Jun 12, 2014; Miami, FL, USA; Miami Heat forward LeBron James (6) reacts during the third quarter of game four of the 2014 NBA Finals against the San Antonio Spurs at American Airlines Arena. Mandatory Credit: Bob Donnan-USA TODAY Sports

Kareem Abdul-Jabbar says LeBron James ‘can’t go home again’

When LeBron James decided to return to the Cleveland Cavaliers, he informed everybody that he was ‘coming home’. But that sentiment didn’t exactly sit well with legendary NBA player Kareem Abdul-Jabbar who expressed that James can’t go home again because the home he once knew is no longer there.

When LeBron James left the Cavaliers to sign with the Miami Heat, most were shocked. He was living the dream – being selected by your hometown team and leading them to glory. Of course, James wasn’t able to accomplish the final part of that mission and opted to take his talents to South Beach in effort to do so.

Despite suggesting that he would do it again, there was an underlying sense of disappointment in himself – a lack of maturity. It was almost as if he knew he ruined something that could have been special and is now attempting to right his so called wrong.

But Abdul-Jabbar isn’t buying that, suggesting that his return to the Cavaliers is like attempting to win back the trust of a betrayed spouse.

But in another way, LeBron can’t go home again. At least not to the home he once knew. They may be grateful and joyful, but they are also wiser. Like the betrayed spouse, they will have to wait and see, they will have to be wooed, they will have to be convinced that his sincerity, to quote Porgy and Bess, ain’t a sometime thing.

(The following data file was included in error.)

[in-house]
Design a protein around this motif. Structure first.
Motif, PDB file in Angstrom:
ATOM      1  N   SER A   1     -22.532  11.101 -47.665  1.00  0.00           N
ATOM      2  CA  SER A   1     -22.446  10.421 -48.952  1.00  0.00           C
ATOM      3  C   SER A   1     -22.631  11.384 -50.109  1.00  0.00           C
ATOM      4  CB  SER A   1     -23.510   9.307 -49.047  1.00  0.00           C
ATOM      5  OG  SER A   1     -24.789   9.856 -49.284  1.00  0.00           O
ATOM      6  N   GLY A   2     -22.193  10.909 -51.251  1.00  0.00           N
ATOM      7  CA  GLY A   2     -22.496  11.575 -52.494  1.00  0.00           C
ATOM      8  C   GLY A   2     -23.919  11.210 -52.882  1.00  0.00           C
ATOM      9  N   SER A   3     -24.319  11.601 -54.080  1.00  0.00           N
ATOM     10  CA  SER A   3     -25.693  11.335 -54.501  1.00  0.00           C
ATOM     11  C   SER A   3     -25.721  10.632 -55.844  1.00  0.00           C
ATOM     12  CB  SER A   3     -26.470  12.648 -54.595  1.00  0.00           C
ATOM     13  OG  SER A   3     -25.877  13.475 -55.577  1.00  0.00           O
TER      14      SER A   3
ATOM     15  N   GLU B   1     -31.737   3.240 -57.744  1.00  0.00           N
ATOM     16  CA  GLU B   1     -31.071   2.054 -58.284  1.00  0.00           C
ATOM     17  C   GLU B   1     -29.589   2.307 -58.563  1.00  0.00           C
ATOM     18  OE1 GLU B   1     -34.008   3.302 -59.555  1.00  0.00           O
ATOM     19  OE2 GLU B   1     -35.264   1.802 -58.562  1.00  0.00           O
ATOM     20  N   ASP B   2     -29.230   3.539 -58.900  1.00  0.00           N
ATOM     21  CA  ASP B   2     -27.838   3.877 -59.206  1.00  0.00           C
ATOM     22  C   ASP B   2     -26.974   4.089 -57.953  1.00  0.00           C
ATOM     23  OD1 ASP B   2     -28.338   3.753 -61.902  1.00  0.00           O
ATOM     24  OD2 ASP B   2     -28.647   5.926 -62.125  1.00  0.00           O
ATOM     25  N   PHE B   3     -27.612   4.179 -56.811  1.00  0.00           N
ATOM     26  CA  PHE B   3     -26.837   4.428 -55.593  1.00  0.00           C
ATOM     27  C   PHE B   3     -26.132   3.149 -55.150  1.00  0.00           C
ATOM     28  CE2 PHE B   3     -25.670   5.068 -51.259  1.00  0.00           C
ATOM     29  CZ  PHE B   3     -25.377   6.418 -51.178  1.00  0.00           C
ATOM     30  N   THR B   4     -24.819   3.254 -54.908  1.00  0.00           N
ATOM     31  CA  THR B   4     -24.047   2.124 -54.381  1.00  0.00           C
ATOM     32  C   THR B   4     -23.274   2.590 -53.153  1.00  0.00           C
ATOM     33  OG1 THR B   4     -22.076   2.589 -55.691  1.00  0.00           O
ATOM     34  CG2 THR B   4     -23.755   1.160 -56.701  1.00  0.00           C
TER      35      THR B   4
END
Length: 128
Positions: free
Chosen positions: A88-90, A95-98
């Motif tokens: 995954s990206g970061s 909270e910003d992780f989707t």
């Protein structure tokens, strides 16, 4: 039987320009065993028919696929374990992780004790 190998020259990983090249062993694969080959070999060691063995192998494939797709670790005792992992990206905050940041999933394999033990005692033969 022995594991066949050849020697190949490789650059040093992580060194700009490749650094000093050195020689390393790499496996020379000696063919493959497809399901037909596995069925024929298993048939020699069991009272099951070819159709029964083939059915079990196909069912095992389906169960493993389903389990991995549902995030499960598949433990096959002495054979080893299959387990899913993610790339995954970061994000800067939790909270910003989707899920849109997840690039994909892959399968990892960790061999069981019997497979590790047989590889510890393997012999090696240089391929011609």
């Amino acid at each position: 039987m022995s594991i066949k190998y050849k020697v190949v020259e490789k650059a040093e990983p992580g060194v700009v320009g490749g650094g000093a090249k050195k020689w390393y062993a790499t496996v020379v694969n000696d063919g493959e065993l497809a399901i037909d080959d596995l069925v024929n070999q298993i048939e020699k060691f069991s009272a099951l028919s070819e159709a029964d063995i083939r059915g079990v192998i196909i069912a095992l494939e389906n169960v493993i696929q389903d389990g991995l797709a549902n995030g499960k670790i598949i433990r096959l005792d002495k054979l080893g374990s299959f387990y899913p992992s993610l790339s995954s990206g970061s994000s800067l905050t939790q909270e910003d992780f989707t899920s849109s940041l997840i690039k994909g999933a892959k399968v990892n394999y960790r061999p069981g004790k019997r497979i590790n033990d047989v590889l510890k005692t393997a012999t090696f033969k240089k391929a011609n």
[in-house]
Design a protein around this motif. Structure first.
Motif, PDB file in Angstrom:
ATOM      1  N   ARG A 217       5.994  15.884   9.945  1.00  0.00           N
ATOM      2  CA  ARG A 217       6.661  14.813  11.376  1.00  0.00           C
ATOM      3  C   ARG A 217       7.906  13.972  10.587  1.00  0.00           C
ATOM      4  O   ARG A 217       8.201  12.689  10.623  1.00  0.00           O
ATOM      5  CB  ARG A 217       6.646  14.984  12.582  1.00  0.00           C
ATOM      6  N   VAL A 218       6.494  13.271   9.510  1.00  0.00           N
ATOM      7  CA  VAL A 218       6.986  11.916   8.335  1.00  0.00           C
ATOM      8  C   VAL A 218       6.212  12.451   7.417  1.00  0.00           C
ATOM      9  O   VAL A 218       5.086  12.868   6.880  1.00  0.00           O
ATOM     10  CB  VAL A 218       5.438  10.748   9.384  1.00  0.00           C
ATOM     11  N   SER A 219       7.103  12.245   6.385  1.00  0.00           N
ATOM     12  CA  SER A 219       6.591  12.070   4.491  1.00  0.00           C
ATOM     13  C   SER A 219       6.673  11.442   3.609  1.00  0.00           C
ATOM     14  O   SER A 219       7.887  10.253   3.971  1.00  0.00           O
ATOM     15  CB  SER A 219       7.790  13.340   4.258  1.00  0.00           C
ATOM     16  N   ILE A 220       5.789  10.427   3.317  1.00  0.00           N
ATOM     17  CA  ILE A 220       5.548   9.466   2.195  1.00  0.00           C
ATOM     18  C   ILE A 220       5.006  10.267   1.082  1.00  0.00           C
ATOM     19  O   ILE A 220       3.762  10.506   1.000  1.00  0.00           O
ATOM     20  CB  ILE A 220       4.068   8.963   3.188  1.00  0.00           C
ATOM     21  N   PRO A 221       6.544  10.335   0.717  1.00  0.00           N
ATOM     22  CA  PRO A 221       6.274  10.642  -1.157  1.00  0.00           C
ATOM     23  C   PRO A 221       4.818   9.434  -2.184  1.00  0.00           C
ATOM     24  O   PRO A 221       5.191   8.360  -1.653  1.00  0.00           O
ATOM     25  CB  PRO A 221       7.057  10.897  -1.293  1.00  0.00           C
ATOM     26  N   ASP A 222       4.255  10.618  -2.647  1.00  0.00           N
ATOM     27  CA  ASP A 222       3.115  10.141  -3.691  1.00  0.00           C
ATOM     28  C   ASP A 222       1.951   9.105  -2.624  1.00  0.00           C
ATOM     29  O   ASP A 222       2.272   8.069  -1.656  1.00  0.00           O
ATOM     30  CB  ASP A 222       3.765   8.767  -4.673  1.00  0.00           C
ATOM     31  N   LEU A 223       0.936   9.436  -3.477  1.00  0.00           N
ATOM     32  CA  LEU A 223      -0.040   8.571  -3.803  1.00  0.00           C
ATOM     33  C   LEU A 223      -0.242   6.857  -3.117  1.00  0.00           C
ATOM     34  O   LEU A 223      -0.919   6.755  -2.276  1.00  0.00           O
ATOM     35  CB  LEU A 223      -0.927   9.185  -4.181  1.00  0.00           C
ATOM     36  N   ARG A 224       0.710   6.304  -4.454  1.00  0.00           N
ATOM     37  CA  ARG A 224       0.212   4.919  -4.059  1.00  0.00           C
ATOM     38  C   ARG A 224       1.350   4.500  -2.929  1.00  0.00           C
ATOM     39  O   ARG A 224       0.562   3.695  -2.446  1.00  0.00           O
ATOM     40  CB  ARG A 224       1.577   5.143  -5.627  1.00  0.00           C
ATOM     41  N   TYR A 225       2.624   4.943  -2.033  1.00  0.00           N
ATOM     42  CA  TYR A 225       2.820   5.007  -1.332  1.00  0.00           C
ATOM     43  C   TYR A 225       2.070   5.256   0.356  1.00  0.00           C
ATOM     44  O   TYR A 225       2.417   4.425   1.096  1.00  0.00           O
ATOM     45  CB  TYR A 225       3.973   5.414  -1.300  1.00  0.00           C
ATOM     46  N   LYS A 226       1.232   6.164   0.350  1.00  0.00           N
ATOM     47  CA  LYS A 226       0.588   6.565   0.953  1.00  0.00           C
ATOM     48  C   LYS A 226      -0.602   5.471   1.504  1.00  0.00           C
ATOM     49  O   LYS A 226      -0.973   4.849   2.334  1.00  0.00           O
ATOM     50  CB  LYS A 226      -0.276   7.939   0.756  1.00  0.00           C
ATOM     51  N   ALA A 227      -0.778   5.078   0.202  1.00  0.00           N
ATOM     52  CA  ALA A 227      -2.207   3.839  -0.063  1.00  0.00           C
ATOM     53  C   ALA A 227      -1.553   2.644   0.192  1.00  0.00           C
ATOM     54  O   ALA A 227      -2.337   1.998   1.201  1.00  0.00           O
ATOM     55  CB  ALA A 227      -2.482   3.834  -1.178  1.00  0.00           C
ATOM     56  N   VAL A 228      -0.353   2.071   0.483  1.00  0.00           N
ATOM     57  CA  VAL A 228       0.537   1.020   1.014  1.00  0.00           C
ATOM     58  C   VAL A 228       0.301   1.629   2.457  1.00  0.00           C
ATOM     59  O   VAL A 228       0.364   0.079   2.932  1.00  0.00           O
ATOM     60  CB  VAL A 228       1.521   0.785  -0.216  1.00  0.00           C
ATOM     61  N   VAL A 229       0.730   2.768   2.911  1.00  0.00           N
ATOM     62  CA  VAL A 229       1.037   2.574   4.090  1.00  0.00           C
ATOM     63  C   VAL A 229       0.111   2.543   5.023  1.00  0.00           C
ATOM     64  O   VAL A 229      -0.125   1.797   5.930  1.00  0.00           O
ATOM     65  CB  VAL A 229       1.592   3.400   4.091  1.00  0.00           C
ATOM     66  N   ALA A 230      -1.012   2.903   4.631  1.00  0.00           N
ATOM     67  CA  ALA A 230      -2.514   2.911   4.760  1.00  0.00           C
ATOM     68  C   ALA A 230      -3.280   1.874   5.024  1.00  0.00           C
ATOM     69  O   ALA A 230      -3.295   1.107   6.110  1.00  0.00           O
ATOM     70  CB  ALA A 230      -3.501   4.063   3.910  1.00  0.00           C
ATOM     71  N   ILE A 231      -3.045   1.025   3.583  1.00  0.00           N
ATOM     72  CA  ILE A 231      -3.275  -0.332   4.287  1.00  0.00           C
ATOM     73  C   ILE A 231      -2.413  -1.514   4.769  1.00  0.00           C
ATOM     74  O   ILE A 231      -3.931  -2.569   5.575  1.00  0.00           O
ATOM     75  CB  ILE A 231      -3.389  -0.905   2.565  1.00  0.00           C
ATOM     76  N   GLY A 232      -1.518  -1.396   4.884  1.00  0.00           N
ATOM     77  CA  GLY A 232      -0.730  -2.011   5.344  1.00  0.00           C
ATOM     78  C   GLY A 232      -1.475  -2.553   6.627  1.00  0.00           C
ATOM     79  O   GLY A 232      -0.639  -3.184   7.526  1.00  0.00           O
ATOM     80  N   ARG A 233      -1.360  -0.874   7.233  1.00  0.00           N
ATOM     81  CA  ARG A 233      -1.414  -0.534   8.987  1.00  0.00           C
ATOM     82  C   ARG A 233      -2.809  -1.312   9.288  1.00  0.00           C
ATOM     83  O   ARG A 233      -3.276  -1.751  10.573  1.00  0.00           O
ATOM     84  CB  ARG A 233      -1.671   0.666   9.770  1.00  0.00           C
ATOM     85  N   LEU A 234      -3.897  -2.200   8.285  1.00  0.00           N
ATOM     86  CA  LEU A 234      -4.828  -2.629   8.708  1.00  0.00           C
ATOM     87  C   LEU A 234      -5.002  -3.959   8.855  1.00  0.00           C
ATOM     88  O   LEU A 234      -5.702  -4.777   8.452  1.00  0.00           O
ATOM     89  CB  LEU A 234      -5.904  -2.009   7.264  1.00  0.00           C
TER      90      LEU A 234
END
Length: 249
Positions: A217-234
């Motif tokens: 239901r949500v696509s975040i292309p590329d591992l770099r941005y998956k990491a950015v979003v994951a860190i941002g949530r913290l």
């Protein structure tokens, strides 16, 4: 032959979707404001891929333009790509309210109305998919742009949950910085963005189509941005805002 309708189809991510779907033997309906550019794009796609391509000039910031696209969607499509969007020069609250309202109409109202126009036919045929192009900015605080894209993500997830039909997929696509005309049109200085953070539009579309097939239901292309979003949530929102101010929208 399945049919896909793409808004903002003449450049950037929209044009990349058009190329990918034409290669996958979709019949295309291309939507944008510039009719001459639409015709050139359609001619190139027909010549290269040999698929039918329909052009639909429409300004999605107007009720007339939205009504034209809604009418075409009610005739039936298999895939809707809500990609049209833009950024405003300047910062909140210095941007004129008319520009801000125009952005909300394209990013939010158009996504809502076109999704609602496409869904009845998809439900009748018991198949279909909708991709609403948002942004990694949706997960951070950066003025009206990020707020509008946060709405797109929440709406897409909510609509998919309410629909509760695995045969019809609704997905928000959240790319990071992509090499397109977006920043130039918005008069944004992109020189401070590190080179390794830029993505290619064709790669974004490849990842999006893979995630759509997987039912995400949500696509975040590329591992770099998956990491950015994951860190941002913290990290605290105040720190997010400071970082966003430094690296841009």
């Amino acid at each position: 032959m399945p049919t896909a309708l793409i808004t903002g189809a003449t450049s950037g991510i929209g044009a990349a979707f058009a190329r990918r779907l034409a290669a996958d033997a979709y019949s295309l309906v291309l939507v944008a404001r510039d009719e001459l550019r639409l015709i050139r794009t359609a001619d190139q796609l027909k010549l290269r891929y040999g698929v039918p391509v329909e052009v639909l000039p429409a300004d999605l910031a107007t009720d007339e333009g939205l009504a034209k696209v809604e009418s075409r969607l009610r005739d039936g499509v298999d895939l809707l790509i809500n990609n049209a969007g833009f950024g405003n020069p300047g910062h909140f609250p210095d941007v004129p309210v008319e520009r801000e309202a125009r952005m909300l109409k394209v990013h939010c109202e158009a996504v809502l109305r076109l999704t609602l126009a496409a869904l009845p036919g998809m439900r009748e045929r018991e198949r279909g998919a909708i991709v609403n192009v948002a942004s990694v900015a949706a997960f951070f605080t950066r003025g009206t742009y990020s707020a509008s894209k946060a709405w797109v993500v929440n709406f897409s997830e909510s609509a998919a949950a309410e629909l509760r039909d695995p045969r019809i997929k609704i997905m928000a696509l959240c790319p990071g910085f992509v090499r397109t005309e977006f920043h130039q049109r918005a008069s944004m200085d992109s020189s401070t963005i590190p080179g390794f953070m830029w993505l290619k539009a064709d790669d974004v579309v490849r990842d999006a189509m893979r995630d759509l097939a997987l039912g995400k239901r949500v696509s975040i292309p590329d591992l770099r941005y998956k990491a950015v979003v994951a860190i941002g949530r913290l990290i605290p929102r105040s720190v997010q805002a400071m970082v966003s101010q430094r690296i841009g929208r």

The piece written by Abdur-Jabbar and published by Time is an intriguing read and delves into a situation that he himself dealt with as he desired to play for the New York Knicks.

Tags: Cleveland Cavaliers Kareem Abdul-Jabbar Lebron James

  • Grady Devan Tripp II

    Interesting read, although I disagree with much of the premise. I’m not an LBJ fan but I absolutely commend his decision. He’s not going back for basketball reasons. He’s going back for his community and to send a message to current and future generations. Even though I’m a fan of Kareem’s work on the court,  his article smells of jealousy. To compare his contemplation of returning to New York with LBJ returning home is either short sighted or he’s senile. Kareem was a great basketball player. But he wasn’t half as transcendent as LBJ is on culture, society, the economics of basketball, the shift of power to players, and…LBJ is a greater player. LBJ recognizes that he has a higher calling. And even in the face of more pressure than any player has had to endure, criticism from anyone with an opinion, and benefiting the same owner who berated him – he still accepts his calling. And for that, I absolutely commend him.